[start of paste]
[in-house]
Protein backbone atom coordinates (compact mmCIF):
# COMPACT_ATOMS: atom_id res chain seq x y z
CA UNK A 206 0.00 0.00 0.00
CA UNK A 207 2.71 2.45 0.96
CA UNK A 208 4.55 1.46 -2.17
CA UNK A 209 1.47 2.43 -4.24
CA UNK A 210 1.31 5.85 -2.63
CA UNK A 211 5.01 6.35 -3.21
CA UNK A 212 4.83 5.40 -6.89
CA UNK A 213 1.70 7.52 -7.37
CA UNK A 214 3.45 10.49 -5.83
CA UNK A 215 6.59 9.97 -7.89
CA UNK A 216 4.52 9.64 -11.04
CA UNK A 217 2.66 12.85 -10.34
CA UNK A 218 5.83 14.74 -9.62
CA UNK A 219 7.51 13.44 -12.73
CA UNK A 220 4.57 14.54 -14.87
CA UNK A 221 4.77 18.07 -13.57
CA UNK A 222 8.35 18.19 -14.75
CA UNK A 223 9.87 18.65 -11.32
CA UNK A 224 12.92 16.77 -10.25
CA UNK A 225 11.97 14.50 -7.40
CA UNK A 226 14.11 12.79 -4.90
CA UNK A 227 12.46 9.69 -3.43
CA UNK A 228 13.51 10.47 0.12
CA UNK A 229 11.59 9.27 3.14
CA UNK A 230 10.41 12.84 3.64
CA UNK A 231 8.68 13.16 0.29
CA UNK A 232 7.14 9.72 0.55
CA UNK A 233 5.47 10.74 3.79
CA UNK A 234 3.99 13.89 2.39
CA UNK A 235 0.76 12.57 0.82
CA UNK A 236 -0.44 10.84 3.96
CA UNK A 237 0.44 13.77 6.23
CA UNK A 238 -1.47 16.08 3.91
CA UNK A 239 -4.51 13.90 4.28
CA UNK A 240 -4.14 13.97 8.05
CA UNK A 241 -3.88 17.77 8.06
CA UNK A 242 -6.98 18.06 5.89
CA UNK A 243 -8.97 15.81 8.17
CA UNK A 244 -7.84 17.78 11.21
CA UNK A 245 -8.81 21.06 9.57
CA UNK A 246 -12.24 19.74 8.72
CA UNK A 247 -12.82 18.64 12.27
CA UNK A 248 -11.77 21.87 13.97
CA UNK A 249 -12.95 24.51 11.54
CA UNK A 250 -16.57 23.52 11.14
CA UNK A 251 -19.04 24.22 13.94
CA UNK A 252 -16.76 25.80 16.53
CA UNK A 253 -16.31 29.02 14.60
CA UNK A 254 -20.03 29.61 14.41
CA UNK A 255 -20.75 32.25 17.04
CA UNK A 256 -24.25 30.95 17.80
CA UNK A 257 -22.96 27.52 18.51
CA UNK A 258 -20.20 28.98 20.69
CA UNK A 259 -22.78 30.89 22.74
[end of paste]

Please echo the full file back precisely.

[in-house]
Protein backbone atom coordinates (compact mmCIF):
# COMPACT_ATOMS: atom_id res chain seq x y z
CA UNK A 206 0.00 0.00 0.00
CA UNK A 207 2.71 2.45 0.96
CA UNK A 208 4.55 1.46 -2.17
CA UNK A 209 1.47 2.43 -4.24
CA UNK A 210 1.31 5.85 -2.63
CA UNK A 211 5.01 6.35 -3.21
CA UNK A 212 4.83 5.40 -6.89
CA UNK A 213 1.70 7.52 -7.37
CA UNK A 214 3.45 10.49 -5.83
CA UNK A 215 6.59 9.97 -7.89
CA UNK A 216 4.52 9.64 -11.04
CA UNK A 217 2.66 12.85 -10.34
CA UNK A 218 5.83 14.74 -9.62
CA UNK A 219 7.51 13.44 -12.73
CA UNK A 220 4.57 14.54 -14.87
CA UNK A 221 4.77 18.07 -13.57
CA UNK A 222 8.35 18.19 -14.75
CA UNK A 223 9.87 18.65 -11.32
CA UNK A 224 12.92 16.77 -10.25
CA UNK A 225 11.97 14.50 -7.40
CA UNK A 226 14.11 12.79 -4.90
CA UNK A 227 12.46 9.69 -3.43
CA UNK A 228 13.51 10.47 0.12
CA UNK A 229 11.59 9.27 3.14
CA UNK A 230 10.41 12.84 3.64
CA UNK A 231 8.68 13.16 0.29
CA UNK A 232 7.14 9.72 0.55
CA UNK A 233 5.47 10.74 3.79
CA UNK A 234 3.99 13.89 2.39
CA UNK A 235 0.76 12.57 0.82
CA UNK A 236 -0.44 10.84 3.96
CA UNK A 237 0.44 13.77 6.23
CA UNK A 238 -1.47 16.08 3.91
CA UNK A 239 -4.51 13.90 4.28
CA UNK A 240 -4.14 13.97 8.05
CA UNK A 241 -3.88 17.77 8.06
CA UNK A 242 -6.98 18.06 5.89
CA UNK A 243 -8.97 15.81 8.17
CA UNK A 244 -7.84 17.78 11.21
CA UNK A 245 -8.81 21.06 9.57
CA UNK A 246 -12.24 19.74 8.72
CA UNK A 247 -12.82 18.64 12.27
CA UNK A 248 -11.77 21.87 13.97
CA UNK A 249 -12.95 24.51 11.54
CA UNK A 250 -16.57 23.52 11.14
CA UNK A 251 -19.04 24.22 13.94
CA UNK A 252 -16.76 25.80 16.53
CA UNK A 253 -16.31 29.02 14.60
CA UNK A 254 -20.03 29.61 14.41
CA UNK A 255 -20.75 32.25 17.04
CA UNK A 256 -24.25 30.95 17.80
CA UNK A 257 -22.96 27.52 18.51
CA UNK A 258 -20.20 28.98 20.69
CA UNK A 259 -22.78 30.89 22.74